Developing Problem Solvers For The 21st Century
Date
Thursday, 14 June 2018
By Associate Professor Lee Ngan Hoe, Mathematics and Mathematics Education Academic Group
Using tools like the problem wheel, teachers can help students become better maths problem solvers by expressing their abstract thought processes in tangible forms.
Today’s educators will generally acknowledge that higher order thinking skills, such as critical and creative thinking skills, play an important role in the students’ success in mathematical problemsolving. However, there has not been as much emphasis on the students’ meta cognition abilities despite several researches that showed the importance of developing the students’ metacognitive skills to enhance their success in problemsolving.
Commonly referred to as ‘thinking about thinking’, metacognition is a kind of ‘superordinate thinking’. It involves heightened awareness to active monitoring, and a constant regulation of one’s thinking during problemsolving. Meta cognition has also been identified as one of the key brain activities that separates an expert problem solver from a novice one. Unsurprisingly, metacognition is often cited as one of the key 21st century competencies essential in an era where people will be facing more novel and complex situations. These situations are not unlike the problemsolving scenarios we have provided to our students in the classroom.
The abstractness of thinking makes it a challenging task to develop thinking, and even more so for superordinate thinking. One way to develop students’ metacognitive skills is by making their thinking process tangible, either visually or aurally. This allows them to engage in ‘productive thinking’ as they monitor, reflect and regulate their thought process while tackling a task on hand.
Due to inexperience, many students will resort to ‘impulsive thinking’ instead. The senovice problem solvers, who tend to approach problemsolving linearly and based on first impression, will feel daunted when they are unable to find an immediate solution to the problem. However, problemsolving is often a learning journey. A task is a problem to a given solver because there exists an obstacle between the knowns and the unknowns within the task, as shown in the diagram below.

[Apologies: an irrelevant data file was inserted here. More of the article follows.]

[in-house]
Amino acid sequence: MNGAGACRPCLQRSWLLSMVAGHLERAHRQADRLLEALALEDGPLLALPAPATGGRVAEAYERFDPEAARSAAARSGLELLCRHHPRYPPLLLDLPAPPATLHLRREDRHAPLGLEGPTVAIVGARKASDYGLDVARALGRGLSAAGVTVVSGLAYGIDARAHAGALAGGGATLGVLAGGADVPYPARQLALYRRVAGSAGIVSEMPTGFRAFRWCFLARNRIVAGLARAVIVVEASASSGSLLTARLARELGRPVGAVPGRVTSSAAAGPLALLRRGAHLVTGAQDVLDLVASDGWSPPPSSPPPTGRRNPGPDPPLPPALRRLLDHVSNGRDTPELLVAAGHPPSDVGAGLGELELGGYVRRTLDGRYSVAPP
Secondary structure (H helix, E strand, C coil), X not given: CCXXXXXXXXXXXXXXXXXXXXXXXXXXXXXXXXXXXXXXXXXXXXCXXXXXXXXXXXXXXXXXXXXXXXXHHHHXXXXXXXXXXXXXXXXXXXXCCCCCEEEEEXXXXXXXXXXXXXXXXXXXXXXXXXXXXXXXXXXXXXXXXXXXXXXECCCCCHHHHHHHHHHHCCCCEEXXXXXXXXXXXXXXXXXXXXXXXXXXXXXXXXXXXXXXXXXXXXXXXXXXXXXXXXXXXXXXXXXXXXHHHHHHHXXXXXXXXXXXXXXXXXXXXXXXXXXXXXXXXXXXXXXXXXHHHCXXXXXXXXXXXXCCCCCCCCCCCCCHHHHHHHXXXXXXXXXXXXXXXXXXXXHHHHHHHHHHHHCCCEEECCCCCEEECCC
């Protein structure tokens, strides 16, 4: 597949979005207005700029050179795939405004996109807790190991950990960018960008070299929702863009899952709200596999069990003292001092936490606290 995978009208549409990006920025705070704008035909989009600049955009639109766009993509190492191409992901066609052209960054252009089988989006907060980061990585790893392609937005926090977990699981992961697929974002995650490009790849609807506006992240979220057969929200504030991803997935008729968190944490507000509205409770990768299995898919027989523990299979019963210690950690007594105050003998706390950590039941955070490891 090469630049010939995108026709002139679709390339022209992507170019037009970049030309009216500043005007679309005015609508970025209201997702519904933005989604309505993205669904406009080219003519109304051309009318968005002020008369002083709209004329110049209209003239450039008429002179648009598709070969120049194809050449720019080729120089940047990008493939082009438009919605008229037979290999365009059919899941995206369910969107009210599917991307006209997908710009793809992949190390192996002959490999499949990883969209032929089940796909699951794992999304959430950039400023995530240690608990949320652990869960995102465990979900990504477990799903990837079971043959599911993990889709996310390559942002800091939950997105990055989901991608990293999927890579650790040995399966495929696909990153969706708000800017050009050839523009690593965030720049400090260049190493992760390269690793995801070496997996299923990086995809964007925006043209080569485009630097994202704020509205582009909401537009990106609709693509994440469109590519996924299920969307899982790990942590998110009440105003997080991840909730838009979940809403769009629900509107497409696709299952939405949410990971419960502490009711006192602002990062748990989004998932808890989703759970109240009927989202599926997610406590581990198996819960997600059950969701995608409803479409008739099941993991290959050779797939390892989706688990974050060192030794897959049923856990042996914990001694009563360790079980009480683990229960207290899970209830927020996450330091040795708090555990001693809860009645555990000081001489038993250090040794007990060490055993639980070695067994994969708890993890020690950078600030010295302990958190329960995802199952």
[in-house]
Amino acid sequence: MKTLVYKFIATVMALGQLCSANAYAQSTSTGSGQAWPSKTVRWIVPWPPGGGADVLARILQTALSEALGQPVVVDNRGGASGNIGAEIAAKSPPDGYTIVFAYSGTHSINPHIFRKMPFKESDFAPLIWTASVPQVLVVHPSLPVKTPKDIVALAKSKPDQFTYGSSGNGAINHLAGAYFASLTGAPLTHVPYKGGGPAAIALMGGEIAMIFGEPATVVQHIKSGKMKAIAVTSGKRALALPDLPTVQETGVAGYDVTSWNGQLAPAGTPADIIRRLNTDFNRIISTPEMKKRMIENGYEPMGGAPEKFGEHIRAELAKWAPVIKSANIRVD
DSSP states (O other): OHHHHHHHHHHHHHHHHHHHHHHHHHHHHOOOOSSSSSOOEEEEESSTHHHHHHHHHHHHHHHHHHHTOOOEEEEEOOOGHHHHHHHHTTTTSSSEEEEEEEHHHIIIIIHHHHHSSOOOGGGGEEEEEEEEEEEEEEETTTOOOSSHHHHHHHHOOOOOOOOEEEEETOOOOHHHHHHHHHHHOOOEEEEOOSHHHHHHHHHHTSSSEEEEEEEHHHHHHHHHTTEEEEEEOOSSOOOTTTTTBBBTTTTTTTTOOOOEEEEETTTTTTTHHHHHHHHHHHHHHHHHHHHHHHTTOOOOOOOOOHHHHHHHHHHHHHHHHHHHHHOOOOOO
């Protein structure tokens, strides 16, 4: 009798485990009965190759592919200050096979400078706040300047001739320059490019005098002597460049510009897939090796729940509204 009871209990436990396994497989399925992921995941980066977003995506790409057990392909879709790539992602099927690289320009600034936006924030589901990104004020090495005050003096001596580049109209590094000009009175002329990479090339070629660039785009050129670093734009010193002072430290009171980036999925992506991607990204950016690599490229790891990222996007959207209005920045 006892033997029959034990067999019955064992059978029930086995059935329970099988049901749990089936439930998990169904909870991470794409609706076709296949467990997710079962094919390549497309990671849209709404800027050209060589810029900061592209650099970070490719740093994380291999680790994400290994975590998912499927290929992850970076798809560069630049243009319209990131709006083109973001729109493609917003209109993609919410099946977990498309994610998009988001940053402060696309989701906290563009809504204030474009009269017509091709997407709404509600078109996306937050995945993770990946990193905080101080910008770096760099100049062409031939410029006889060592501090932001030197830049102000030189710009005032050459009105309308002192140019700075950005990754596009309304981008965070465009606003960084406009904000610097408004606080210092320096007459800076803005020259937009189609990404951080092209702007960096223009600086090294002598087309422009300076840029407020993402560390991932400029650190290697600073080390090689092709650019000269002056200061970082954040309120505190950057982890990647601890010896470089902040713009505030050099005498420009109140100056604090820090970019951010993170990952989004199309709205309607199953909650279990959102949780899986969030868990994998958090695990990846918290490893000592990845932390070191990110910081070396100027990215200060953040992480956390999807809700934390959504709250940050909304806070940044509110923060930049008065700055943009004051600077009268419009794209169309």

Diagrammatic Representation of ProblemSolving Context
During the problemsolving journey, students often need to transform contextual information into mathematical language and ideas to facilitate their use of mathematical knowledge and to make sense of the problem on hand. They learn to employ strategies and processes to manoeuvre from the given known(s) towards the unknown(s) within the task so that they can determine a pathway to solve the problem. The solution is thus not always obvious to the solvers at first blush.
Teachers can help the students develop productive thinking and avoid impulsive thinking by cultivating metacognitive habits in the students where they can become more aware of their thinking processes, and thereby, monitor and regulate the way they reason and approach problemsolving.
Just like physical habits, habits of the mind can be nurtured through consistent practice in rich and relevant contexts. One such method is to use the Problem Wheel and the accompanying generic question prompts, shown in diagram below,to help students develop a metacognitive approach to problemsolving and focus their thinking on understanding and planning a pathway to solving the problem.
The Problem Wheel and Question Prompts
Component of Problem Wheel

Examples of Question Prompts

Student’s Response

Given

• What is / are given to us in this problem?
• What do we know about the problem?
• What value(s) is / are we given to us in this problem?


Find

• What are we supposed to find in this problem?
• Which value(s) is /are we supposed to find as the answer to this problem?


Picture

• Can we draw a picture to represent this problem?
• What would we draw to represent this problem?


Topic

• Which is / are the topic(s) we have learnt that might help us solve this problem?


Formula(e)

• Which is / are the formula(e) we have learnt that would help us to solve this problem?


Teachers can encourage the students to use the Problem Wheel in the classrooms to solve maths problems either individually or in small groups. By making their thinking processes tangible, it will help them monitor and regulate their thinking. The question prompts should eventually be removed to allow students to form the habit of asking the questions intuitively on their own. In time, the students will appreciate problemsolving as a journey where the solution is just an endproduct.
The approach to encourage productive thinking in students is not only useful for teachers to develop metacognitive problem solvers in the 21st century, it is a tool that parents,as active partners to their children’s mathematical learning journey, can use at home too. Rather than providing their children with model answers and depriving them of the opportunities to develop their productive thinking habits, parents can use the Problem Wheel approach to prepare and develop their children’s metacognitive skills instead.
Loving those maths problems! Here’s a fourpart series by a local newspaper that serves as a good example of how parents and children could engage and have fun solving maths problems together.
Week 1  http://www.straitstimes.com/singapore/education/funwithmathematicsquestion1
Week 2  http://www.straitstimes.com/singapore/education/funwithmathematicsquestion2
Week 3  http://www.straitstimes.com/singapore/education/funwithmathematicsquestion3
Week 4  http://www.straitstimes.com/singapore/education/funwithmathematicsquestion4
This article originated from the NIE Quarterly Publication, NIEWS. For more related articles, kindly click here to read more.